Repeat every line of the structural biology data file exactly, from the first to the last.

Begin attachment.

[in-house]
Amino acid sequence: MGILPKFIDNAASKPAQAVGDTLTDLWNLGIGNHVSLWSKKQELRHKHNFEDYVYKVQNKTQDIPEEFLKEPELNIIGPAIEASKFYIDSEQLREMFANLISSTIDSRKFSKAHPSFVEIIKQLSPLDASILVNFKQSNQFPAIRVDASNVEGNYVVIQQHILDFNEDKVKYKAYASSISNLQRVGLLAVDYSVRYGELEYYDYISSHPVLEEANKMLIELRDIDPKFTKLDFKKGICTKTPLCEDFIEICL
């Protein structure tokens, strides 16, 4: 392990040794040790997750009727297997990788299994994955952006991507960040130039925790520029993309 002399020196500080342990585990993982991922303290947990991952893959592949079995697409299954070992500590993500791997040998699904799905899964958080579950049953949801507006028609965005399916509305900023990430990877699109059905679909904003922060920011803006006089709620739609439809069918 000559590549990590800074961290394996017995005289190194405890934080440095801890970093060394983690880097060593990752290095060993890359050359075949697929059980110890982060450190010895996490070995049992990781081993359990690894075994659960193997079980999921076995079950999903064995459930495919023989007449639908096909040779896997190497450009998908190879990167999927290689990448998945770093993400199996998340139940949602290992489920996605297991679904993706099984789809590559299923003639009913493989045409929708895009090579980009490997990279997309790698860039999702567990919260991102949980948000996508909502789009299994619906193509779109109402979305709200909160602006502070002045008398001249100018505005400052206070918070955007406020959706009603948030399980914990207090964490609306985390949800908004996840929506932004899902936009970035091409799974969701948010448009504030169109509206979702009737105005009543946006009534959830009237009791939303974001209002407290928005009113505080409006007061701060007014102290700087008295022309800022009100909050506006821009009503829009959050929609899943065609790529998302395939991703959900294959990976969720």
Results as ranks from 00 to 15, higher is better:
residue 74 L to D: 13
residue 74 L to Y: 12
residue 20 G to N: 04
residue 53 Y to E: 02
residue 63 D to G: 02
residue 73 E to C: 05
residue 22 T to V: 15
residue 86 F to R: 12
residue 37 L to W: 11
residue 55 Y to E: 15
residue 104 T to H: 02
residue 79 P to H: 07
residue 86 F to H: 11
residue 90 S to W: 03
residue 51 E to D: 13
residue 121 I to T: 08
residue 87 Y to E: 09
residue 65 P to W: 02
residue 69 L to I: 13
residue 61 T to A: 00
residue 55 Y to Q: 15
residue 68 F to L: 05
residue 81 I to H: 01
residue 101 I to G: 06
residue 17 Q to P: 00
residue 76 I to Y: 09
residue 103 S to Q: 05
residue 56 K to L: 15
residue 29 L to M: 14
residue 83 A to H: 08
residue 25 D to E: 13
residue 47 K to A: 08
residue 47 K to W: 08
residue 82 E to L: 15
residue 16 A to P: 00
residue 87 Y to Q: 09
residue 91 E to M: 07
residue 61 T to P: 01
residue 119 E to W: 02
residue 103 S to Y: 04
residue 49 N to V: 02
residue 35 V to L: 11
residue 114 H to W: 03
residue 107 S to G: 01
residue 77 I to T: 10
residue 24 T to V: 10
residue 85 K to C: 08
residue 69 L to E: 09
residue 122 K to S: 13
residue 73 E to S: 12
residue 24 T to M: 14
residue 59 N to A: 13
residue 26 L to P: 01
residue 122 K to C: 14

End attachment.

[in-house]
Amino acid sequence: MGILPKFIDNAASKPAQAVGDTLTDLWNLGIGNHVSLWSKKQELRHKHNFEDYVYKVQNKTQDIPEEFLKEPELNIIGPAIEASKFYIDSEQLREMFANLISSTIDSRKFSKAHPSFVEIIKQLSPLDASILVNFKQSNQFPAIRVDASNVEGNYVVIQQHILDFNEDKVKYKAYASSISNLQRVGLLAVDYSVRYGELEYYDYISSHPVLEEANKMLIELRDIDPKFTKLDFKKGICTKTPLCEDFIEICL
């Protein structure tokens, strides 16, 4: 392990040794040790997750009727297997990788299994994955952006991507960040130039925790520029993309 002399020196500080342990585990993982991922303290947990991952893959592949079995697409299954070992500590993500791997040998699904799905899964958080579950049953949801507006028609965005399916509305900023990430990877699109059905679909904003922060920011803006006089709620739609439809069918 000559590549990590800074961290394996017995005289190194405890934080440095801890970093060394983690880097060593990752290095060993890359050359075949697929059980110890982060450190010895996490070995049992990781081993359990690894075994659960193997079980999921076995079950999903064995459930495919023989007449639908096909040779896997190497450009998908190879990167999927290689990448998945770093993400199996998340139940949602290992489920996605297991679904993706099984789809590559299923003639009913493989045409929708895009090579980009490997990279997309790698860039999702567990919260991102949980948000996508909502789009299994619906193509779109109402979305709200909160602006502070002045008398001249100018505005400052206070918070955007406020959706009603948030399980914990207090964490609306985390949800908004996840929506932004899902936009970035091409799974969701948010448009504030169109509206979702009737105005009543946006009534959830009237009791939303974001209002407290928005009113505080409006007061701060007014102290700087008295022309800022009100909050506006821009009503829009959050929609899943065609790529998302395939991703959900294959990976969720």
Results as ranks from 00 to 15, higher is better:
residue 74 L to D: 13
residue 74 L to Y: 12
residue 20 G to N: 04
residue 53 Y to E: 02
residue 63 D to G: 02
residue 73 E to C: 05
residue 22 T to V: 15
residue 86 F to R: 12
residue 37 L to W: 11
residue 55 Y to E: 15
residue 104 T to H: 02
residue 79 P to H: 07
residue 86 F to H: 11
residue 90 S to W: 03
residue 51 E to D: 13
residue 121 I to T: 08
residue 87 Y to E: 09
residue 65 P to W: 02
residue 69 L to I: 13
residue 61 T to A: 00
residue 55 Y to Q: 15
residue 68 F to L: 05
residue 81 I to H: 01
residue 101 I to G: 06
residue 17 Q to P: 00
residue 76 I to Y: 09
residue 103 S to Q: 05
residue 56 K to L: 15
residue 29 L to M: 14
residue 83 A to H: 08
residue 25 D to E: 13
residue 47 K to A: 08
residue 47 K to W: 08
residue 82 E to L: 15
residue 16 A to P: 00
residue 87 Y to Q: 09
residue 91 E to M: 07
residue 61 T to P: 01
residue 119 E to W: 02
residue 103 S to Y: 04
residue 49 N to V: 02
residue 35 V to L: 11
residue 114 H to W: 03
residue 107 S to G: 01
residue 77 I to T: 10
residue 24 T to V: 10
residue 85 K to C: 08
residue 69 L to E: 09
residue 122 K to S: 13
residue 73 E to S: 12
residue 24 T to M: 14
residue 59 N to A: 13
residue 26 L to P: 01
residue 122 K to C: 14